The workplace is filled with office equipment that run on electricity for at least 8 hours a day at the same time every day, so it’s natural that there are electrical hazards that you should always keep an eye out for. Here are the most common of said hazards:
- Electrical Arcs
It may not seem like it but electrical arcs are an extremely dangerous hazard. Worker injury due to the exposure of an electrical arc that was not expected nor should have happened has occurred far too many times.
You should always be prepared for these kinds of situations by wearing eye protection and using the correct protective clothing. Permanent eye damage and severe burns can be avoided by simply using the right personal protective equipment.
Aside from the hazards of burns due to being in the proximity of an electrical arc, many injuries can still happen by being in direct contact with overheated electrical equipment.
One useful way to find out the temperature of an electrical equipment for overheating is to use the back of your hand to check the surface. A good rule of thumb to follow is that if you cannot hold the back of your hand to a surface for more than ten seconds, it may be hotter than 150 degrees.
- Electrical Fires
When it comes to an electrical equipment producing or catching on fire, removing the power from the component circuit should stop the flames from spreading in almost all cases. In electrical fires, removing the power is similar to removing the fuel.
Should an electrical fire continue to burn even after removing the power source, debris or insulation materials in the vicinity are usually also burning. Whatever the case may be, you should always extinguish any other material that might be on fire and then cool the area to prevent the re-ignition of the fire.
General Electrical Safety Tips for the Office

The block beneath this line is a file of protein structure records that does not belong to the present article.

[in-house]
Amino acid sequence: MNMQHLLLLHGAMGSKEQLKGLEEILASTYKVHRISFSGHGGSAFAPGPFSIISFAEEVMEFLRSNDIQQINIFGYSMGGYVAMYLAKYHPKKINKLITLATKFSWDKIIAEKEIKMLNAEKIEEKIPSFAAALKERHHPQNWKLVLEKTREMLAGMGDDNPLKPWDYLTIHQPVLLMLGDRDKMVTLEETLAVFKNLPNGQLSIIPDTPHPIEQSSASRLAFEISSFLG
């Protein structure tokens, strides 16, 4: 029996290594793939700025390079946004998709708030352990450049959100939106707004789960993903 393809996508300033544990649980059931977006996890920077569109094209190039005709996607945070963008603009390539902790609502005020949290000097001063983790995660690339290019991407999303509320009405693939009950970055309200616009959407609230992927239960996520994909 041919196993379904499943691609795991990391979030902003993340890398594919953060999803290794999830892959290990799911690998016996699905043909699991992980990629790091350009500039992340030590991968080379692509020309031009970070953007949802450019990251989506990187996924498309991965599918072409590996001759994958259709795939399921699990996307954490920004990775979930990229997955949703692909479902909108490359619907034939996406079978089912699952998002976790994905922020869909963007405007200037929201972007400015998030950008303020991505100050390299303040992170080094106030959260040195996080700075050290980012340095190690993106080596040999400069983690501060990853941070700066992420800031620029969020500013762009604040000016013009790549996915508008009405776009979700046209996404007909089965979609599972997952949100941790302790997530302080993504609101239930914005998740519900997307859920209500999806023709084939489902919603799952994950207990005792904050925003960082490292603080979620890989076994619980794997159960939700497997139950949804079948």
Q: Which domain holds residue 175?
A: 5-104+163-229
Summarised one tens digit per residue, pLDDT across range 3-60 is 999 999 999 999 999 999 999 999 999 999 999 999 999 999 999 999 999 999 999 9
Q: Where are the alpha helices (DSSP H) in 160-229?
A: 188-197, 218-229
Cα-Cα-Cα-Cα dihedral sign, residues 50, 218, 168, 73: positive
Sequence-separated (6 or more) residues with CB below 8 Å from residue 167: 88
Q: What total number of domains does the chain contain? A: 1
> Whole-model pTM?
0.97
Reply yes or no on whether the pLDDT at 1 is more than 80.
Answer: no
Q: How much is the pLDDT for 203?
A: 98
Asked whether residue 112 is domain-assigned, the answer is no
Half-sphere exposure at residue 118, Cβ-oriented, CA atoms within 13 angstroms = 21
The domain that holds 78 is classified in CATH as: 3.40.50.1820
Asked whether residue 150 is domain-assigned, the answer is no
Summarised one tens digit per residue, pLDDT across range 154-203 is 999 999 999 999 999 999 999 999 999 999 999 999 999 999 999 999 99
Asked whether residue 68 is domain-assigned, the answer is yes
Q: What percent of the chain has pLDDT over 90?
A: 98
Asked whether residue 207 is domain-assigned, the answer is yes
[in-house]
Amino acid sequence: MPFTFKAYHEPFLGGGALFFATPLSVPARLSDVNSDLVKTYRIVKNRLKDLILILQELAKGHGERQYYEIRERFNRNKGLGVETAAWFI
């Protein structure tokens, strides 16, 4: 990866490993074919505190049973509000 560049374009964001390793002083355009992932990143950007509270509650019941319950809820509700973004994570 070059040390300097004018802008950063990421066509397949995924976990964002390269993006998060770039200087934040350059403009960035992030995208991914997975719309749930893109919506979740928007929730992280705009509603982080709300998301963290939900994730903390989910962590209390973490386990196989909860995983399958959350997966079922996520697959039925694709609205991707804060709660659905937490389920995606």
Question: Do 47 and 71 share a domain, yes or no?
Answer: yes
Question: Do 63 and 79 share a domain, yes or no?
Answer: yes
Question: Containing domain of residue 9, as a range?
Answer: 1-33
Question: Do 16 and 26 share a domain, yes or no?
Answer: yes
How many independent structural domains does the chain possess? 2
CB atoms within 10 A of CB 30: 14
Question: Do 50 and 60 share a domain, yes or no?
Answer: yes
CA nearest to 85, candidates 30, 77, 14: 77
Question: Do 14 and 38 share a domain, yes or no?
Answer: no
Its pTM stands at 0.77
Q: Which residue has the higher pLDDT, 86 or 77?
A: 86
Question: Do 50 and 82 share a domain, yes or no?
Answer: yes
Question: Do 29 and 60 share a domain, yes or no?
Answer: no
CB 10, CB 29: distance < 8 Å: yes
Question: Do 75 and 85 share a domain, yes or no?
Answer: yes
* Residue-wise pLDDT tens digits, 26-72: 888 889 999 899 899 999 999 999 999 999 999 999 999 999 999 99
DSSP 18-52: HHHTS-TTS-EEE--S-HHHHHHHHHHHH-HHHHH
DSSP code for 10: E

The electrical systems in offices are usually designed in such a way that they wouldn’t cause sudden problems—the chances of this occurring are often minimal but this doesn’t mean that safety guidelines are unnecessary.
Basic Safety Tips
- Avoid running extension cords under carpets or across doorways.
- Follow the instructions of the electrical company in the Philippines you ordered from for plugging an appliance into a receptacle outlet.
- Turn off the circuit if any switches or outlets feel warm and have them checked by an expert from an electrical company in the Philippines.
- Place desk lamps on level surfaces, use bulbs that match the recommended wattage of the lamp and put it somewhere far away from things that can burn.
- Avoid the use of “cube taps” and other devices that allow the connection of many appliances in a single outlet whenever possible.
- Avoid overloading your outlets and consider plugging only one high-wattage appliance into each receptacle outlet at a time.
- Make sure that electrical outlets have plastic safety covers if they are in areas where small children can reach them.
- Repair or replace frayed and loose cords on all of your electrical devices.
Outlet Safety Tips
Also known as the receptacle, the outlet is perhaps the most commonly used yet least thought of electrical device in the office. Every tool, entertainment center component, computer, and electrical appliance is powered through one; all you have to do is to plug them in and forget.
As long as you follow some simple but important electrical safety guidelines, all of your power needs are going to be met.
- Regularly check the outlets in your office for any problems including loose connections, corrosion, reversed polarity, and overheating. Consider having an electrical inspection done by a licensed and qualified electrician in order to help the integrity of your outlets and your entire electrical system.
- Check for any discolored or hot wall plates. Do this by looking from across the room and look for a darkened area in a teardrop shape around and above the outlet. This may indicate that a dangerous buildup of heat is happening at the connections.
- Replace any broken or missing wall plates.
- Warm to the touch is acceptable, but hot is not. Shut off the circuit immediately if a switch wall plate or outlet is hot to the touch.
It is easy to get caught up when it comes to the safety awareness regarding office appliances that sometimes people tend to forget about the safety principles regarding the power cord itself.